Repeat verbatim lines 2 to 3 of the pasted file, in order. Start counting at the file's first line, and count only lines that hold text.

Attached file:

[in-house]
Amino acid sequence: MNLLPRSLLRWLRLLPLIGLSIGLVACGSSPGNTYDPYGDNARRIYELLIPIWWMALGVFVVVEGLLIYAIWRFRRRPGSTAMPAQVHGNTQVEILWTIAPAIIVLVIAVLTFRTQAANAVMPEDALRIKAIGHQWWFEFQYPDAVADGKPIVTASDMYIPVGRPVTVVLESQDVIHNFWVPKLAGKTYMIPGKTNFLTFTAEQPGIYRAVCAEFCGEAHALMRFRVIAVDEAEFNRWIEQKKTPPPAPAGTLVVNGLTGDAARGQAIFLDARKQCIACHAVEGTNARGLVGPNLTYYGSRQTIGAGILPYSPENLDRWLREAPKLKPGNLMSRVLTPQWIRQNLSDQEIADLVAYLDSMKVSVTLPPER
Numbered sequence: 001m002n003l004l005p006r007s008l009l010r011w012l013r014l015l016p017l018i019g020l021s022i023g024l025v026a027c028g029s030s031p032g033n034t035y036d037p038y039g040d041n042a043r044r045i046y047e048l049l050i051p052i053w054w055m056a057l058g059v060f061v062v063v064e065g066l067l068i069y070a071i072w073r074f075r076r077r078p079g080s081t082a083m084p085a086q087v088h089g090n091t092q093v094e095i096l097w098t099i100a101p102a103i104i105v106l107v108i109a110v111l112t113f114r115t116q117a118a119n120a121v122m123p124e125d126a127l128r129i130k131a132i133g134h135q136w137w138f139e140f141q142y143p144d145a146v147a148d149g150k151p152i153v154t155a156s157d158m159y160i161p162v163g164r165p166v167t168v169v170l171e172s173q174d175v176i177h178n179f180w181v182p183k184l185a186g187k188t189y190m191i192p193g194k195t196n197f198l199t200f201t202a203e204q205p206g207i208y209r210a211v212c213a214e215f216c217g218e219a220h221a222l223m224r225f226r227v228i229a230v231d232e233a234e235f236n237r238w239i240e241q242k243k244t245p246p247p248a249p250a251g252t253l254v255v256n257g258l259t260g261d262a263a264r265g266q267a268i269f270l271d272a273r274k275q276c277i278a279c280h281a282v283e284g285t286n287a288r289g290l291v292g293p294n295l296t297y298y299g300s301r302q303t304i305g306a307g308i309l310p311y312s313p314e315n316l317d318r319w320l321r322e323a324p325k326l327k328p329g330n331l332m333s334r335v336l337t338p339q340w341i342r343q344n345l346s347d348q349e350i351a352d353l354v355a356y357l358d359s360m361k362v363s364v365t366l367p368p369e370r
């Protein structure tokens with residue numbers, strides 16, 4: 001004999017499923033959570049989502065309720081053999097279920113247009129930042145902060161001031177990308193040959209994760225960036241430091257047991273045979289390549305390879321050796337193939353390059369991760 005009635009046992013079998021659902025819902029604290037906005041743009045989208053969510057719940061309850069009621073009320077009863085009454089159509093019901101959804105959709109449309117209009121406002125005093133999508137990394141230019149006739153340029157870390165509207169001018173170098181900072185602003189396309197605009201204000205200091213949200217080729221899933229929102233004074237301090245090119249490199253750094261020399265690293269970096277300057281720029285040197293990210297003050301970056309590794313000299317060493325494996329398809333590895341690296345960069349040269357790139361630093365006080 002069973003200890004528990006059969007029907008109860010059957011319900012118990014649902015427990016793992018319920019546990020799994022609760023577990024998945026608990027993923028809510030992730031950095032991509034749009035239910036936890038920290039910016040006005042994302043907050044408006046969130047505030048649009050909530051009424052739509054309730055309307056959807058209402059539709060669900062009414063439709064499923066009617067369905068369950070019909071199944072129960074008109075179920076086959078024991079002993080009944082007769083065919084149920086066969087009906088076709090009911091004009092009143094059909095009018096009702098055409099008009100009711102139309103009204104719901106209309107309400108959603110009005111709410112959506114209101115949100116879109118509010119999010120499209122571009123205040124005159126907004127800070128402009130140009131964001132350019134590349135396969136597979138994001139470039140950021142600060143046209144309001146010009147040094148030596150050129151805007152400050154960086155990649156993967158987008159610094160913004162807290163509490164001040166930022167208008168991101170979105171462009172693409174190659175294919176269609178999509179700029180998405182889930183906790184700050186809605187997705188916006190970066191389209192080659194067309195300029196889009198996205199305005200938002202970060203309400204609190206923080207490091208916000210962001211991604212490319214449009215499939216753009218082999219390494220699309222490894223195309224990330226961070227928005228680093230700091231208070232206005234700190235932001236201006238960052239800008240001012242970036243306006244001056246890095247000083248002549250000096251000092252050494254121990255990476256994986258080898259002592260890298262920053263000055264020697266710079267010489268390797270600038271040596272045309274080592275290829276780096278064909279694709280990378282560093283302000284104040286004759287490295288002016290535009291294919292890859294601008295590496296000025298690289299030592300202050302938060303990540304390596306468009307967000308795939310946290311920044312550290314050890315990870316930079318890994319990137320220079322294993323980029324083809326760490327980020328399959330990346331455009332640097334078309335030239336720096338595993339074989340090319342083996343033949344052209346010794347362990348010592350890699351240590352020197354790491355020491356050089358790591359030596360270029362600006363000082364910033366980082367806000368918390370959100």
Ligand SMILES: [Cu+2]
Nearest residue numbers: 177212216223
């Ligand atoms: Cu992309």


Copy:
Amino acid sequence: MNLLPRSLLRWLRLLPLIGLSIGLVACGSSPGNTYDPYGDNARRIYELLIPIWWMALGVFVVVEGLLIYAIWRFRRRPGSTAMPAQVHGNTQVEILWTIAPAIIVLVIAVLTFRTQAANAVMPEDALRIKAIGHQWWFEFQYPDAVADGKPIVTASDMYIPVGRPVTVVLESQDVIHNFWVPKLAGKTYMIPGKTNFLTFTAEQPGIYRAVCAEFCGEAHALMRFRVIAVDEAEFNRWIEQKKTPPPAPAGTLVVNGLTGDAARGQAIFLDARKQCIACHAVEGTNARGLVGPNLTYYGSRQTIGAGILPYSPENLDRWLREAPKLKPGNLMSRVLTPQWIRQNLSDQEIADLVAYLDSMKVSVTLPPER
Numbered sequence: 001m002n003l004l005p006r007s008l009l010r011w012l013r014l015l016p017l018i019g020l021s022i023g024l025v026a027c028g029s030s031p032g033n034t035y036d037p038y039g040d041n042a043r044r045i046y047e048l049l050i051p052i053w054w055m056a057l058g059v060f061v062v063v064e065g066l067l068i069y070a071i072w073r074f075r076r077r078p079g080s081t082a083m084p085a086q087v088h089g090n091t092q093v094e095i096l097w098t099i100a101p102a103i104i105v106l107v108i109a110v111l112t113f114r115t116q117a118a119n120a121v122m123p124e125d126a127l128r129i130k131a132i133g134h135q136w137w138f139e140f141q142y143p144d145a146v147a148d149g150k151p152i153v154t155a156s157d158m159y160i161p162v163g164r165p166v167t168v169v170l171e172s173q174d175v176i177h178n179f180w181v182p183k184l185a186g187k188t189y190m191i192p193g194k195t196n197f198l199t200f201t202a203e204q205p206g207i208y209r210a211v212c213a214e215f216c217g218e219a220h221a222l223m224r225f226r227v228i229a230v231d232e233a234e235f236n237r238w239i240e241q242k243k244t245p246p247p248a249p250a251g252t253l254v255v256n257g258l259t260g261d262a263a264r265g266q267a268i269f270l271d272a273r274k275q276c277i278a279c280h281a282v283e284g285t286n287a288r289g290l291v292g293p294n295l296t297y298y299g300s301r302q303t304i305g306a307g308i309l310p311y312s313p314e315n316l317d318r319w320l321r322e323a324p325k326l327k328p329g330n331l332m333s334r335v336l337t338p339q340w341i342r343q344n345l346s347d348q349e350i351a352d353l354v355a356y357l358d359s360m361k362v363s364v365t366l367p368p369e370r